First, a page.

It’s busy, really busy. Everywhere in town it’s busy; back behind the quieter more peaceful ghats the city is an almost overwhelming throng of activity, not surprising considering Varanasi is a religious hub with hundreds of thousands of visitors a year. Its narrow streets are barely able to cope with the demand placed upon them, with many of the roads barely wide enough for 2 loudly horn-blowing vehicles in many places. It’s old, for sure, but it’s dishevelled and poorly maintained as well.
The narrow lanes that run parallel to the ghats and throughout the rabbit warren of the old town are barely wide enough for 3 people abreast. Thankfully it’s the narrow streets leading down to the ghats that take the bulk of the foot traffic, so these laneways are slightly less hectic. You still have an occasional half-hearted call out from a shop keeper, and if you venture to the ghats the boatmen of the river banks are still there calling out for river cruise trade. They ask, I refuse; the many hawkers just get the silent treatment and they fall away, the beggars, many children or of a religious nature get the same treatment.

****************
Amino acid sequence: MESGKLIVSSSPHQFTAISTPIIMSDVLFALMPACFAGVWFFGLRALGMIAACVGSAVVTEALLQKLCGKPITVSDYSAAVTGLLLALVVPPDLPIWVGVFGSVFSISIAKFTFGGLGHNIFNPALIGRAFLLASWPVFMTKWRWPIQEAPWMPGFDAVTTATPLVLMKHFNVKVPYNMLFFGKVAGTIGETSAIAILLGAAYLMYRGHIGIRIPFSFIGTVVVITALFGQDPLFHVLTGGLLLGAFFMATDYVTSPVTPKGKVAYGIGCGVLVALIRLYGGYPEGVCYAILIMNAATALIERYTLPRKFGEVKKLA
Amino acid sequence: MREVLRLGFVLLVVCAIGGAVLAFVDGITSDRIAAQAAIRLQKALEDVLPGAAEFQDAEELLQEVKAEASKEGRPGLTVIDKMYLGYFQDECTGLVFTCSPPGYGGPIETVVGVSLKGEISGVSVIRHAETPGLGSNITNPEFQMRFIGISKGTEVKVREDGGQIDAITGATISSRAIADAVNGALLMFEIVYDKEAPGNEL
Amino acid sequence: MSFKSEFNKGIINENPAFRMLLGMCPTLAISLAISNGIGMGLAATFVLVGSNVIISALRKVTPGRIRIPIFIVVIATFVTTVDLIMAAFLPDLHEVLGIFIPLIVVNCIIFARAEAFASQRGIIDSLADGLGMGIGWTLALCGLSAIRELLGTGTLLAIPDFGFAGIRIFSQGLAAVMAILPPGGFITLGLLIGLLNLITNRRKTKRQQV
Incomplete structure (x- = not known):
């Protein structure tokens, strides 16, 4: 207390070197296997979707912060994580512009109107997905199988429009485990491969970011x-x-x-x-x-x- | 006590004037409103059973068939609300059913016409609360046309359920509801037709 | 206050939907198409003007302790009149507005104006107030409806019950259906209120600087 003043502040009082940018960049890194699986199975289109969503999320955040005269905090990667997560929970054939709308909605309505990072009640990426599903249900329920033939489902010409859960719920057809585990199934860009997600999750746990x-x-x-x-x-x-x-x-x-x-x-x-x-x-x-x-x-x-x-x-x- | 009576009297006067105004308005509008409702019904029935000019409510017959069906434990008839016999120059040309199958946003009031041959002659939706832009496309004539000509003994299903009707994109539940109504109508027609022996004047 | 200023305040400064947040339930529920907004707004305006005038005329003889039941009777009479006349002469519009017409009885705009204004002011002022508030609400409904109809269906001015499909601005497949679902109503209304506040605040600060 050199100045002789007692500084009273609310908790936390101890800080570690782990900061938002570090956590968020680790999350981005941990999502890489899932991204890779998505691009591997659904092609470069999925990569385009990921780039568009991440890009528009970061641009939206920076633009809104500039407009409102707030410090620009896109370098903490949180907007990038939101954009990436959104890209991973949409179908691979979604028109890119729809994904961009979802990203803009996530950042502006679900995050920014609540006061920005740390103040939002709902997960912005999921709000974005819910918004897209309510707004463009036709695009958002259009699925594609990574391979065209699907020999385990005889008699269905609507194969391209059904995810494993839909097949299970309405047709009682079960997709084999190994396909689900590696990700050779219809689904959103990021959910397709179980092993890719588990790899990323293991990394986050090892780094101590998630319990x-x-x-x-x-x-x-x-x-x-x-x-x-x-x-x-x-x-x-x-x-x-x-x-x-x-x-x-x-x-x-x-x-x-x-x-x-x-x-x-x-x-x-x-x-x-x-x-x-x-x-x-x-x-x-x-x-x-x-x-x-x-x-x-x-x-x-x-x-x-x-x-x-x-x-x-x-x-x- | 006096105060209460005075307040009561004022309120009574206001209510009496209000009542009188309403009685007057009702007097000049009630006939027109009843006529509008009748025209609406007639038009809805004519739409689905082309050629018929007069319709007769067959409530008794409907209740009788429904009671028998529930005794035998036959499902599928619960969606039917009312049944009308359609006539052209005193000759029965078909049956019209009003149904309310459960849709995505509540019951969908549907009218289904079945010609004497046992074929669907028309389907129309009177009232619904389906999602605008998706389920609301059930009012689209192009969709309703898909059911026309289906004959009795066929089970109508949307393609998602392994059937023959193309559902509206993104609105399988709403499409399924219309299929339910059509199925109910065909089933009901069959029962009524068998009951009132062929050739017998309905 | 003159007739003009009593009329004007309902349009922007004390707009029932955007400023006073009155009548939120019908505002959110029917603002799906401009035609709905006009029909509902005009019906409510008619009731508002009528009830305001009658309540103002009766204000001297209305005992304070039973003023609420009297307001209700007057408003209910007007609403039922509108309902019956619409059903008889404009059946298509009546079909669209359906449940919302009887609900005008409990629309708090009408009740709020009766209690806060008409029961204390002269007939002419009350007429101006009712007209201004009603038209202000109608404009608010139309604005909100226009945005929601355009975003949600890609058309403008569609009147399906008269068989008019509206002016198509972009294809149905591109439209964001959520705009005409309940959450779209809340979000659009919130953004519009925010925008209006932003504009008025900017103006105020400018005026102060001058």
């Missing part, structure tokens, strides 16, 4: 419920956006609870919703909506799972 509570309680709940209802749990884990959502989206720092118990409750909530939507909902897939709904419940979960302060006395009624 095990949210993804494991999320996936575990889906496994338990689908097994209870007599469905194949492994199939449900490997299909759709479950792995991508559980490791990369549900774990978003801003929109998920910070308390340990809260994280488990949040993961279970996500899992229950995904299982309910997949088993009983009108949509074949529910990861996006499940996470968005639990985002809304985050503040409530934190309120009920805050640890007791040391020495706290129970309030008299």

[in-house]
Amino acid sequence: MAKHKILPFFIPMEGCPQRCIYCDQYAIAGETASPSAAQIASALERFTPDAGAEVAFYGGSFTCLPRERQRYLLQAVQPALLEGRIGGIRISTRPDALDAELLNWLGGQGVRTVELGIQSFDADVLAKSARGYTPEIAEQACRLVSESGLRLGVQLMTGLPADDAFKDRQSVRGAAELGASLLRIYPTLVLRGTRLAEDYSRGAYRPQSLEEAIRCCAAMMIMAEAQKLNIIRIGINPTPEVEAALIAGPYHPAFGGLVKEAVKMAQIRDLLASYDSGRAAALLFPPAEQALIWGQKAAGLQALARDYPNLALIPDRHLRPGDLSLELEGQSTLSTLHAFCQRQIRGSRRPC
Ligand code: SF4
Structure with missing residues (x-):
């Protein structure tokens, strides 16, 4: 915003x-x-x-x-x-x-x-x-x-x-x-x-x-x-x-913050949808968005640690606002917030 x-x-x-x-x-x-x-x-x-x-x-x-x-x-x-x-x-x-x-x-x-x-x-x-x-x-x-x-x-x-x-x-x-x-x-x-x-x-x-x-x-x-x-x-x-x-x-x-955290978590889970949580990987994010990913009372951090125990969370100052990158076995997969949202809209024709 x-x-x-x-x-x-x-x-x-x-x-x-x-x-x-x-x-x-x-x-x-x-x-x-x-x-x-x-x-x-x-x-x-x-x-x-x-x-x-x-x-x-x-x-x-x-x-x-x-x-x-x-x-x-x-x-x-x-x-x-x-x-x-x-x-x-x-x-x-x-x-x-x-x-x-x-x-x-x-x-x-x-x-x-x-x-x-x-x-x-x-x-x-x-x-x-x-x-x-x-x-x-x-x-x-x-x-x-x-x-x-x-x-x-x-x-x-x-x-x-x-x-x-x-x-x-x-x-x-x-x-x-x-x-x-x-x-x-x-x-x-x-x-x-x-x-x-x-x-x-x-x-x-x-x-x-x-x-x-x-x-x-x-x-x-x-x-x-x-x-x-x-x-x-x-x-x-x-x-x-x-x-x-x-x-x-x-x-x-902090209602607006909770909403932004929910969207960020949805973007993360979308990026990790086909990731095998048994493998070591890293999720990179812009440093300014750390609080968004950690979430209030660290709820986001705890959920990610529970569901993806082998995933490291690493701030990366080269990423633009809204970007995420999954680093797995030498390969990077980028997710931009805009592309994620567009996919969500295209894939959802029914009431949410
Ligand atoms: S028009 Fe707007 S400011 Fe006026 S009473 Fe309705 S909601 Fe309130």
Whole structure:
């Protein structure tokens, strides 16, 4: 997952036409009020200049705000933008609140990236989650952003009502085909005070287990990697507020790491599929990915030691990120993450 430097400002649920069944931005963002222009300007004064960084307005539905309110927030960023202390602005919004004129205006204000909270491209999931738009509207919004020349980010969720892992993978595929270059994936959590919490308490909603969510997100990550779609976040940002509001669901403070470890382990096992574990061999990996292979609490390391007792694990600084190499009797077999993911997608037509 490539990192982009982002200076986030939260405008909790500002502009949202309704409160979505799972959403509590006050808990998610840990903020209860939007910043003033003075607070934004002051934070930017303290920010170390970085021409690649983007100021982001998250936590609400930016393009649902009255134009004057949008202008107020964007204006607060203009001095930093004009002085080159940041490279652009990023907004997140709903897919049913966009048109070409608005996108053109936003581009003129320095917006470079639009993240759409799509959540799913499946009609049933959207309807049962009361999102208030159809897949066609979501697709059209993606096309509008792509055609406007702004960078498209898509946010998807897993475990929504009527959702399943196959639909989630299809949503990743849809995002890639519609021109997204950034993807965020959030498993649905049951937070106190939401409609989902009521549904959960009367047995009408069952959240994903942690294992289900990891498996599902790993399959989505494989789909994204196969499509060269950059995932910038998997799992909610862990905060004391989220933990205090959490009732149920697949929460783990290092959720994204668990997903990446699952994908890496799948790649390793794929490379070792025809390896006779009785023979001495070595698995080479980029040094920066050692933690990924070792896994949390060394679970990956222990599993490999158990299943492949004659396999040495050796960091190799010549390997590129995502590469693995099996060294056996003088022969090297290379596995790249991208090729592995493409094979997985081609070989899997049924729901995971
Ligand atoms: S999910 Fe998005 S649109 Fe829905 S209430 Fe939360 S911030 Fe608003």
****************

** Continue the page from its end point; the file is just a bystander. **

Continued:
With a guide to help explore these laneways I get to explore further than I would have independently – the narrow lanes of the old quarter in particular would have become a very confusing place without him. The marigold flowers lying in the dust, underneath another painting of an elephant headed god would have been missed and my experience of Varanasi poorer for it. The small shops and symbolism would have been unexplained, and I’d never have found the small hustling flower market nor enjoyed the experience I had in these narrow, filthy, cow shit-encrusted lanes half as much.